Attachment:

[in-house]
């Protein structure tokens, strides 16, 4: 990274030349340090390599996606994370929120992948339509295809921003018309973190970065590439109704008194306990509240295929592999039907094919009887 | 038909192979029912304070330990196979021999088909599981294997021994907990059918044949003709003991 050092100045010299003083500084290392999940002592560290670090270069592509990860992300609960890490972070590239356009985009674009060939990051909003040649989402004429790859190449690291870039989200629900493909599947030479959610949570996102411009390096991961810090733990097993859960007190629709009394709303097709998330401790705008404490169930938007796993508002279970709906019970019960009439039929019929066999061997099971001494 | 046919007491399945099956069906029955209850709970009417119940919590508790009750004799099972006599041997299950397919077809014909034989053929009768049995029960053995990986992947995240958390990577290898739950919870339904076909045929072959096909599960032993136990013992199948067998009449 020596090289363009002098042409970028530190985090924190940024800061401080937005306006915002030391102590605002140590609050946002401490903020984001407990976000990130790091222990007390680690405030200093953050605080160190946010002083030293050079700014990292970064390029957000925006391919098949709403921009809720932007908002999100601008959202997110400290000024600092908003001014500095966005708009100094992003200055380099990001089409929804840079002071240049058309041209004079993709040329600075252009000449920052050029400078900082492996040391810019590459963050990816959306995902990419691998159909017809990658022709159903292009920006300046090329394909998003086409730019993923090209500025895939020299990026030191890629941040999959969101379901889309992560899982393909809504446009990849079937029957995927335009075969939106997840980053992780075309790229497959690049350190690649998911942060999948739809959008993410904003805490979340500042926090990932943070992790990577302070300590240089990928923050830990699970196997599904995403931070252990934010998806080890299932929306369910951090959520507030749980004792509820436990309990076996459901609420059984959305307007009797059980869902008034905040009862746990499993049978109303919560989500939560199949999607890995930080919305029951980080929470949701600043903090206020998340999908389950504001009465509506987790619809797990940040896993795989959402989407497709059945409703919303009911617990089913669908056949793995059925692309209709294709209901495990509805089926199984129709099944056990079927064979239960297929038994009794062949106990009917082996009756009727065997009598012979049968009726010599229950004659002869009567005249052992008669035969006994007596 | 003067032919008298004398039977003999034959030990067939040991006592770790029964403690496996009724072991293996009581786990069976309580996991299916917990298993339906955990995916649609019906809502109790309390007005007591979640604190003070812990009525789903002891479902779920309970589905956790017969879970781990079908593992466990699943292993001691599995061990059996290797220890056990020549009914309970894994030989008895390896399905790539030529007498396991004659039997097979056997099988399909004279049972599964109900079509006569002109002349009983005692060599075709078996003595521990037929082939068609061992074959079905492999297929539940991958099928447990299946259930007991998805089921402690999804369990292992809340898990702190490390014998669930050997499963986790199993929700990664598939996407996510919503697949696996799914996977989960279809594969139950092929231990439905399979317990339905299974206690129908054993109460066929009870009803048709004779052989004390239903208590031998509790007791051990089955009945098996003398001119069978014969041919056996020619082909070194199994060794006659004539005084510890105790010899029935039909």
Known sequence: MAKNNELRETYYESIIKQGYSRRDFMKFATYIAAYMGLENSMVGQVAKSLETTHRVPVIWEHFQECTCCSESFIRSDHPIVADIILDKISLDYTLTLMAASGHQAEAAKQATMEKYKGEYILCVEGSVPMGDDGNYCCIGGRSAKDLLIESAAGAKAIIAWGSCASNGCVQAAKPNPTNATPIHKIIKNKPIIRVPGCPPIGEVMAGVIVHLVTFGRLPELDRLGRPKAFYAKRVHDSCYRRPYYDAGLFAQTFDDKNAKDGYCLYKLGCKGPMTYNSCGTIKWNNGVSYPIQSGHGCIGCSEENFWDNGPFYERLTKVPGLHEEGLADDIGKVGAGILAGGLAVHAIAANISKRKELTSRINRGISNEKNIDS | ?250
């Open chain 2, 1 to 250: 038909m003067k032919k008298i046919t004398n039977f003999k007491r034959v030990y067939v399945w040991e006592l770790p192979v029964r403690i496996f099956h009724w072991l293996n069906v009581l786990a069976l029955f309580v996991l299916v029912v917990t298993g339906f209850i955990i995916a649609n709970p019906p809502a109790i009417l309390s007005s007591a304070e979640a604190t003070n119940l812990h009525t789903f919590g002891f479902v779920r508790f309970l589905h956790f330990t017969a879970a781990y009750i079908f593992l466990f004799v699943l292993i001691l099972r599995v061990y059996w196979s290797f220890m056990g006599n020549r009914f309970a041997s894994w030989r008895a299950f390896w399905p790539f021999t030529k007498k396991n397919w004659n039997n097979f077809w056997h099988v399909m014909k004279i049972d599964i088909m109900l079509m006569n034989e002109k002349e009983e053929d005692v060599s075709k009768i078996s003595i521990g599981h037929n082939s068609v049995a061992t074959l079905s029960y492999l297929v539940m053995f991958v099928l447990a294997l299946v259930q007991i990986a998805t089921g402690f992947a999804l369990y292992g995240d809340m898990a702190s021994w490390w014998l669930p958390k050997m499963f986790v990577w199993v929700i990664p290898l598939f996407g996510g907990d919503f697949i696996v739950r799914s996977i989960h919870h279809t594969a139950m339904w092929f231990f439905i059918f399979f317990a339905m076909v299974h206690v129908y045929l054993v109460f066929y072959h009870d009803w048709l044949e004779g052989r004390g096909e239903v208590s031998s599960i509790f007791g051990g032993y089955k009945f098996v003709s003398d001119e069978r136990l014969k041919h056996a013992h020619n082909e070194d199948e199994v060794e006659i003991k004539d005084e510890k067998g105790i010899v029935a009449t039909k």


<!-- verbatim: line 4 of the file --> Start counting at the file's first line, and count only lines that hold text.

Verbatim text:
């Open chain 2, 1 to 250: 038909m003067k032919k008298i046919t004398n039977f003999k007491r034959v030990y067939v399945w040991e006592l770790p192979v029964r403690i496996f099956h009724w072991l293996n069906v009581l786990a069976l029955f309580v996991l299916v029912v917990t298993g339906f209850i955990i995916a649609n709970p019906p809502a109790i009417l309390s007005s007591a304070e979640a604190t003070n119940l812990h009525t789903f919590g002891f479902v779920r508790f309970l589905h956790f330990t017969a879970a781990y009750i079908f593992l466990f004799v699943l292993i001691l099972r599995v061990y059996w196979s290797f220890m056990g006599n020549r009914f309970a041997s894994w030989r008895a299950f390896w399905p790539f021999t030529k007498k396991n397919w004659n039997n097979f077809w056997h099988v399909m014909k004279i049972d599964i088909m109900l079509m006569n034989e002109k002349e009983e053929d005692v060599s075709k009768i078996s003595i521990g599981h037929n082939s068609v049995a061992t074959l079905s029960y492999l297929v539940m053995f991958v099928l447990a294997l299946v259930q007991i990986a998805t089921g402690f992947a999804l369990y292992g995240d809340m898990a702190s021994w490390w014998l669930p958390k050997m499963f986790v990577w199993v929700i990664p290898l598939f996407g996510g907990d919503f697949i696996v739950r799914s996977i989960h919870h279809t594969a139950m339904w092929f231990f439905i059918f399979f317990a339905m076909v299974h206690v129908y045929l054993v109460f066929y072959h009870d009803w048709l044949e004779g052989r004390g096909e239903v208590s031998s599960i509790f007791g051990g032993y089955k009945f098996v003709s003398d001119e069978r136990l014969k041919h056996a013992h020619n082909e070194d199948e199994v060794e006659i003991k004539d005084e510890k067998g105790i010899v029935a009449t039909k």